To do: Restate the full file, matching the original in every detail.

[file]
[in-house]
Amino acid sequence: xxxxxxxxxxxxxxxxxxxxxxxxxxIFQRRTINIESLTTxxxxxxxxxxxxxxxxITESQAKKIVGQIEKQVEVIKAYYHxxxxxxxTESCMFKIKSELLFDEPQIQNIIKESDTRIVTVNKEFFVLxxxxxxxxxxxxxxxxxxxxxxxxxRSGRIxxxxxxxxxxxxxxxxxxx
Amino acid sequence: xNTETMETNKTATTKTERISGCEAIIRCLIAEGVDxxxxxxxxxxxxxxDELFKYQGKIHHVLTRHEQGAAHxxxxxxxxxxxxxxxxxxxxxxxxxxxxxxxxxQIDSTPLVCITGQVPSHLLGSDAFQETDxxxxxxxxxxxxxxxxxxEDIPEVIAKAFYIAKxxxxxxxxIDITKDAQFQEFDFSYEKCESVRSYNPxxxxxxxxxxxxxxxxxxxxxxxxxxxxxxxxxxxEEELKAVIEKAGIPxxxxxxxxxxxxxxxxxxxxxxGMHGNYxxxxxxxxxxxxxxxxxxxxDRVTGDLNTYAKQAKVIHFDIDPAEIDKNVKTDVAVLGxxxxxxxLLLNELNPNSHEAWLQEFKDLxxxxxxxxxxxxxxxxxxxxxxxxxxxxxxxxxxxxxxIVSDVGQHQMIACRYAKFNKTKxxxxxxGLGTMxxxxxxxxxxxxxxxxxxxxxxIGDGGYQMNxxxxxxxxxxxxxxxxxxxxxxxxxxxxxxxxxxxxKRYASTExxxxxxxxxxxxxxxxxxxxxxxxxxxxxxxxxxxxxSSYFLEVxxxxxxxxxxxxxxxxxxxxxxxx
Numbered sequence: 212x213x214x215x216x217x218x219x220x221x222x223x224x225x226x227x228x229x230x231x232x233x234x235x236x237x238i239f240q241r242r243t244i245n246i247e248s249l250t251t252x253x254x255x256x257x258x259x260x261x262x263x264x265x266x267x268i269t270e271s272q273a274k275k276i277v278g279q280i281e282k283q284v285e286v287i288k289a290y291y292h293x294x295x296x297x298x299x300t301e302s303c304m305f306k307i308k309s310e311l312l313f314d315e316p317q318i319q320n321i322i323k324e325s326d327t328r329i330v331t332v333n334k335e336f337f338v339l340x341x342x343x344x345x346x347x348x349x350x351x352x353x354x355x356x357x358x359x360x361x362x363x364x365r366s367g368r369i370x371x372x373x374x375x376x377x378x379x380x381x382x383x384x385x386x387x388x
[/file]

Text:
[in-house]
Amino acid sequence: xxxxxxxxxxxxxxxxxxxxxxxxxxIFQRRTINIESLTTxxxxxxxxxxxxxxxxITESQAKKIVGQIEKQVEVIKAYYHxxxxxxxTESCMFKIKSELLFDEPQIQNIIKESDTRIVTVNKEFFVLxxxxxxxxxxxxxxxxxxxxxxxxxRSGRIxxxxxxxxxxxxxxxxxxx
Amino acid sequence: xNTETMETNKTATTKTERISGCEAIIRCLIAEGVDxxxxxxxxxxxxxxDELFKYQGKIHHVLTRHEQGAAHxxxxxxxxxxxxxxxxxxxxxxxxxxxxxxxxxQIDSTPLVCITGQVPSHLLGSDAFQETDxxxxxxxxxxxxxxxxxxEDIPEVIAKAFYIAKxxxxxxxxIDITKDAQFQEFDFSYEKCESVRSYNPxxxxxxxxxxxxxxxxxxxxxxxxxxxxxxxxxxxEEELKAVIEKAGIPxxxxxxxxxxxxxxxxxxxxxxGMHGNYxxxxxxxxxxxxxxxxxxxxDRVTGDLNTYAKQAKVIHFDIDPAEIDKNVKTDVAVLGxxxxxxxLLLNELNPNSHEAWLQEFKDLxxxxxxxxxxxxxxxxxxxxxxxxxxxxxxxxxxxxxxIVSDVGQHQMIACRYAKFNKTKxxxxxxGLGTMxxxxxxxxxxxxxxxxxxxxxxIGDGGYQMNxxxxxxxxxxxxxxxxxxxxxxxxxxxxxxxxxxxxKRYASTExxxxxxxxxxxxxxxxxxxxxxxxxxxxxxxxxxxxxSSYFLEVxxxxxxxxxxxxxxxxxxxxxxxx
Numbered sequence: 212x213x214x215x216x217x218x219x220x221x222x223x224x225x226x227x228x229x230x231x232x233x234x235x236x237x238i239f240q241r242r243t244i245n246i247e248s249l250t251t252x253x254x255x256x257x258x259x260x261x262x263x264x265x266x267x268i269t270e271s272q273a274k275k276i277v278g279q280i281e282k283q284v285e286v287i288k289a290y291y292h293x294x295x296x297x298x299x300t301e302s303c304m305f306k307i308k309s310e311l312l313f314d315e316p317q318i319q320n321i322i323k324e325s326d327t328r329i330v331t332v333n334k335e336f337f338v339l340x341x342x343x344x345x346x347x348x349x350x351x352x353x354x355x356x357x358x359x360x361x362x363x364x365r366s367g368r369i370x371x372x373x374x375x376x377x378x379x380x381x382x383x384x385x386x387x388x